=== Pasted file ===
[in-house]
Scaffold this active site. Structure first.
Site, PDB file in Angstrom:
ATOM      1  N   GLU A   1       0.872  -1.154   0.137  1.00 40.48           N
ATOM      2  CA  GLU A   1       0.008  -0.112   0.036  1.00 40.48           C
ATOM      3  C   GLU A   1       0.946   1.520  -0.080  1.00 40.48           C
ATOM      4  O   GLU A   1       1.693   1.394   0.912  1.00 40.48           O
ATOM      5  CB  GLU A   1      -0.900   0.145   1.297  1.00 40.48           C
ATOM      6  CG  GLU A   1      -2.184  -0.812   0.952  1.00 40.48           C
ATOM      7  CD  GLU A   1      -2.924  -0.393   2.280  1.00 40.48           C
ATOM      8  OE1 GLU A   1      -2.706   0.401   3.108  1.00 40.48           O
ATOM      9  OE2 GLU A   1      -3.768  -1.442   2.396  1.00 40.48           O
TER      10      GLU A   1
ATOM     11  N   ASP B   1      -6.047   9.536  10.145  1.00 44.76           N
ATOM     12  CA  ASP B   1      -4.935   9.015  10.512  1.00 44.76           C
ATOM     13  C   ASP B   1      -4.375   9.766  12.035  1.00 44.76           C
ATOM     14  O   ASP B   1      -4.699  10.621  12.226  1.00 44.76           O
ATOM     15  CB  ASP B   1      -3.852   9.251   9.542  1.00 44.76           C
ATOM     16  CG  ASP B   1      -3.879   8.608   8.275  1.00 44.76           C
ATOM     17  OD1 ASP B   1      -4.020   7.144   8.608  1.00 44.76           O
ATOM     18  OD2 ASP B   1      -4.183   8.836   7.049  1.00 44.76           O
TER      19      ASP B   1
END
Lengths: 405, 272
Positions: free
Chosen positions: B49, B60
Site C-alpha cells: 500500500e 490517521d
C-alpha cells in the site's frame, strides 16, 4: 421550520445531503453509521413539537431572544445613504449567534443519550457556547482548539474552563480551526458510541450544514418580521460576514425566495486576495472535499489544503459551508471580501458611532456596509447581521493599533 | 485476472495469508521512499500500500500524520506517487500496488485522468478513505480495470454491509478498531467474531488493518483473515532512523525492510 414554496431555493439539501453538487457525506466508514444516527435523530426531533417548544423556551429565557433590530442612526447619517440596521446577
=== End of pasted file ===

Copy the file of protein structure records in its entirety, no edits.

[in-house]
Scaffold this active site. Structure first.
Site, PDB file in Angstrom:
ATOM      1  N   GLU A   1       0.872  -1.154   0.137  1.00 40.48           N
ATOM      2  CA  GLU A   1       0.008  -0.112   0.036  1.00 40.48           C
ATOM      3  C   GLU A   1       0.946   1.520  -0.080  1.00 40.48           C
ATOM      4  O   GLU A   1       1.693   1.394   0.912  1.00 40.48           O
ATOM      5  CB  GLU A   1      -0.900   0.145   1.297  1.00 40.48           C
ATOM      6  CG  GLU A   1      -2.184  -0.812   0.952  1.00 40.48           C
ATOM      7  CD  GLU A   1      -2.924  -0.393   2.280  1.00 40.48           C
ATOM      8  OE1 GLU A   1      -2.706   0.401   3.108  1.00 40.48           O
ATOM      9  OE2 GLU A   1      -3.768  -1.442   2.396  1.00 40.48           O
TER      10      GLU A   1
ATOM     11  N   ASP B   1      -6.047   9.536  10.145  1.00 44.76           N
ATOM     12  CA  ASP B   1      -4.935   9.015  10.512  1.00 44.76           C
ATOM     13  C   ASP B   1      -4.375   9.766  12.035  1.00 44.76           C
ATOM     14  O   ASP B   1      -4.699  10.621  12.226  1.00 44.76           O
ATOM     15  CB  ASP B   1      -3.852   9.251   9.542  1.00 44.76           C
ATOM     16  CG  ASP B   1      -3.879   8.608   8.275  1.00 44.76           C
ATOM     17  OD1 ASP B   1      -4.020   7.144   8.608  1.00 44.76           O
ATOM     18  OD2 ASP B   1      -4.183   8.836   7.049  1.00 44.76           O
TER      19      ASP B   1
END
Lengths: 405, 272
Positions: free
Chosen positions: B49, B60
Site C-alpha cells: 500500500e 490517521d
C-alpha cells in the site's frame, strides 16, 4: 421550520445531503453509521413539537431572544445613504449567534443519550457556547482548539474552563480551526458510541450544514418580521460576514425566495486576495472535499489544503459551508471580501458611532456596509447581521493599533 | 485476472495469508521512499500500500500524520506517487500496488485522468478513505480495470454491509478498531467474531488493518483473515532512523525492510 414554496431555493439539501453538487457525506466508514444516527435523530426531533417548544423556551429565557433590530442612526447619517440596521446577